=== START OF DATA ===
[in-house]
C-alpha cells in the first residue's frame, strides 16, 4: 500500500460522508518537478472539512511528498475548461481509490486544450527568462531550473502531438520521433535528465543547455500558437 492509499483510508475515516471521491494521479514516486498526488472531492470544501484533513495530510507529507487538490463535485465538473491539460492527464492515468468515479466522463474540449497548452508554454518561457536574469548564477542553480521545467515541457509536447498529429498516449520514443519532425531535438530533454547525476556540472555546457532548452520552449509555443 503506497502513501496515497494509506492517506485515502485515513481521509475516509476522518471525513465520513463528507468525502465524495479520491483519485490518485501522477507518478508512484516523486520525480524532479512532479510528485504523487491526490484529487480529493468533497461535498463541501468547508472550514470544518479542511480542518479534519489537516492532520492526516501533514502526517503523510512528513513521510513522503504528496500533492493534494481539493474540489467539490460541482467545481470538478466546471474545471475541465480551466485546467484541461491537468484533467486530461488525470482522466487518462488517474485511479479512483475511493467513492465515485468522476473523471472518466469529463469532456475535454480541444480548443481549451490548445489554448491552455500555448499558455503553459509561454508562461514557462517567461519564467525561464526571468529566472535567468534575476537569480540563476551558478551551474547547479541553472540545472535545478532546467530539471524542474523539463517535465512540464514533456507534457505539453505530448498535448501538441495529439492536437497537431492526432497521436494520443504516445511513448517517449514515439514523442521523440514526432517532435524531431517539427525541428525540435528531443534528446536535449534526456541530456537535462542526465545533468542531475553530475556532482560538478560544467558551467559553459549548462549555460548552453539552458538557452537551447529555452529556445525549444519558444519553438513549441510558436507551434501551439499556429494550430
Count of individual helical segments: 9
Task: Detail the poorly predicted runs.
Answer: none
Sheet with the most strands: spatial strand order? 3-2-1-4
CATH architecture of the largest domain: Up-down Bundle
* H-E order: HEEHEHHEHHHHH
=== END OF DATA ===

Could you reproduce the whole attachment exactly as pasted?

[in-house]
C-alpha cells in the first residue's frame, strides 16, 4: 500500500460522508518537478472539512511528498475548461481509490486544450527568462531550473502531438520521433535528465543547455500558437 492509499483510508475515516471521491494521479514516486498526488472531492470544501484533513495530510507529507487538490463535485465538473491539460492527464492515468468515479466522463474540449497548452508554454518561457536574469548564477542553480521545467515541457509536447498529429498516449520514443519532425531535438530533454547525476556540472555546457532548452520552449509555443 503506497502513501496515497494509506492517506485515502485515513481521509475516509476522518471525513465520513463528507468525502465524495479520491483519485490518485501522477507518478508512484516523486520525480524532479512532479510528485504523487491526490484529487480529493468533497461535498463541501468547508472550514470544518479542511480542518479534519489537516492532520492526516501533514502526517503523510512528513513521510513522503504528496500533492493534494481539493474540489467539490460541482467545481470538478466546471474545471475541465480551466485546467484541461491537468484533467486530461488525470482522466487518462488517474485511479479512483475511493467513492465515485468522476473523471472518466469529463469532456475535454480541444480548443481549451490548445489554448491552455500555448499558455503553459509561454508562461514557462517567461519564467525561464526571468529566472535567468534575476537569480540563476551558478551551474547547479541553472540545472535545478532546467530539471524542474523539463517535465512540464514533456507534457505539453505530448498535448501538441495529439492536437497537431492526432497521436494520443504516445511513448517517449514515439514523442521523440514526432517532435524531431517539427525541428525540435528531443534528446536535449534526456541530456537535462542526465545533468542531475553530475556532482560538478560544467558551467559553459549548462549555460548552453539552458538557452537551447529555452529556445525549444519558444519553438513549441510558436507551434501551439499556429494550430
Count of individual helical segments: 9
Task: Detail the poorly predicted runs.
Answer: none
Sheet with the most strands: spatial strand order? 3-2-1-4
CATH architecture of the largest domain: Up-down Bundle
* H-E order: HEEHEHHEHHHHH